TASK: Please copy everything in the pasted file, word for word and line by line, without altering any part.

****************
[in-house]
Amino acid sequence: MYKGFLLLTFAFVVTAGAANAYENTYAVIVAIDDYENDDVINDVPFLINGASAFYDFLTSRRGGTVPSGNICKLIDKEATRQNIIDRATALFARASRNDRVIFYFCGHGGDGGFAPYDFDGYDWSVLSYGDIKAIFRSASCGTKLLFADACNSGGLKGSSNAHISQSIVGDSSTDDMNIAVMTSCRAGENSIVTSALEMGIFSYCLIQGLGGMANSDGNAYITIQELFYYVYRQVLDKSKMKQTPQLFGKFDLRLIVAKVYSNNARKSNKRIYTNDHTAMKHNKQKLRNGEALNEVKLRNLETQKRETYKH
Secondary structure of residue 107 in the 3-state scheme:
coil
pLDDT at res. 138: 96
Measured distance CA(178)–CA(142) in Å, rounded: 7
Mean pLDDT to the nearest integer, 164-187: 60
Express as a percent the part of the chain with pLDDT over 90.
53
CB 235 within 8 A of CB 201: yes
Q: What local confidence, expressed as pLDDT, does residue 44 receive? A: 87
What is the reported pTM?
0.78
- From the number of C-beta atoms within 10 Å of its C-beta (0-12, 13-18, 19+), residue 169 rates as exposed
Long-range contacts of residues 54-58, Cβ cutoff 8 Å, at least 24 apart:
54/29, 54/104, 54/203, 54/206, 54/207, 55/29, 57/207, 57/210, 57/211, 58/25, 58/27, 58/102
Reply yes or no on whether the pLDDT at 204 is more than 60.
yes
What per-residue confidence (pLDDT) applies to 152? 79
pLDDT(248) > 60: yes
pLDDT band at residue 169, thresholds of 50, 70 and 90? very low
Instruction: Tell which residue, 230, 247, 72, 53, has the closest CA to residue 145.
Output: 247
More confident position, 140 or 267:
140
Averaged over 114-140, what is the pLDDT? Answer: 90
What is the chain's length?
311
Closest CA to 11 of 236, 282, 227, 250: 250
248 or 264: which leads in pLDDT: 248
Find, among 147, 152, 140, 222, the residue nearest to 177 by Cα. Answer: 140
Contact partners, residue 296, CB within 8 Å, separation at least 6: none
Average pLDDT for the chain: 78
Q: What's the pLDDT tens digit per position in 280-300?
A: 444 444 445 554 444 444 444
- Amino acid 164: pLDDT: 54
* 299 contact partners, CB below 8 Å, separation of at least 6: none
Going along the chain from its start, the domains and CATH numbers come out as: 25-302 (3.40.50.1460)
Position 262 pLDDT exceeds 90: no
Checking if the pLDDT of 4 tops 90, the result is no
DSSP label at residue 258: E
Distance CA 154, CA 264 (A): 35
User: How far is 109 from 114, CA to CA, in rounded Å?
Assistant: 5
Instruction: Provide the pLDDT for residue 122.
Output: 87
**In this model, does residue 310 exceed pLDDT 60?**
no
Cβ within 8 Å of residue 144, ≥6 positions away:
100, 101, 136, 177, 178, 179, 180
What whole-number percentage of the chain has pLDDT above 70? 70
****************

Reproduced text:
[in-house]
Amino acid sequence: MYKGFLLLTFAFVVTAGAANAYENTYAVIVAIDDYENDDVINDVPFLINGASAFYDFLTSRRGGTVPSGNICKLIDKEATRQNIIDRATALFARASRNDRVIFYFCGHGGDGGFAPYDFDGYDWSVLSYGDIKAIFRSASCGTKLLFADACNSGGLKGSSNAHISQSIVGDSSTDDMNIAVMTSCRAGENSIVTSALEMGIFSYCLIQGLGGMANSDGNAYITIQELFYYVYRQVLDKSKMKQTPQLFGKFDLRLIVAKVYSNNARKSNKRIYTNDHTAMKHNKQKLRNGEALNEVKLRNLETQKRETYKH
Secondary structure of residue 107 in the 3-state scheme:
coil
pLDDT at res. 138: 96
Measured distance CA(178)–CA(142) in Å, rounded: 7
Mean pLDDT to the nearest integer, 164-187: 60
Express as a percent the part of the chain with pLDDT over 90.
53
CB 235 within 8 A of CB 201: yes
Q: What local confidence, expressed as pLDDT, does residue 44 receive? A: 87
What is the reported pTM?
0.78
- From the number of C-beta atoms within 10 Å of its C-beta (0-12, 13-18, 19+), residue 169 rates as exposed
Long-range contacts of residues 54-58, Cβ cutoff 8 Å, at least 24 apart:
54/29, 54/104, 54/203, 54/206, 54/207, 55/29, 57/207, 57/210, 57/211, 58/25, 58/27, 58/102
Reply yes or no on whether the pLDDT at 204 is more than 60.
yes
What per-residue confidence (pLDDT) applies to 152? 79
pLDDT(248) > 60: yes
pLDDT band at residue 169, thresholds of 50, 70 and 90? very low
Instruction: Tell which residue, 230, 247, 72, 53, has the closest CA to residue 145.
Output: 247
More confident position, 140 or 267:
140
Averaged over 114-140, what is the pLDDT? Answer: 90
What is the chain's length?
311
Closest CA to 11 of 236, 282, 227, 250: 250
248 or 264: which leads in pLDDT: 248
Find, among 147, 152, 140, 222, the residue nearest to 177 by Cα. Answer: 140
Contact partners, residue 296, CB within 8 Å, separation at least 6: none
Average pLDDT for the chain: 78
Q: What's the pLDDT tens digit per position in 280-300?
A: 444 444 445 554 444 444 444
- Amino acid 164: pLDDT: 54
* 299 contact partners, CB below 8 Å, separation of at least 6: none
Going along the chain from its start, the domains and CATH numbers come out as: 25-302 (3.40.50.1460)
Position 262 pLDDT exceeds 90: no
Checking if the pLDDT of 4 tops 90, the result is no
DSSP label at residue 258: E
Distance CA 154, CA 264 (A): 35
User: How far is 109 from 114, CA to CA, in rounded Å?
Assistant: 5
Instruction: Provide the pLDDT for residue 122.
Output: 87
**In this model, does residue 310 exceed pLDDT 60?**
no
Cβ within 8 Å of residue 144, ≥6 positions away:
100, 101, 136, 177, 178, 179, 180
What whole-number percentage of the chain has pLDDT above 70? 70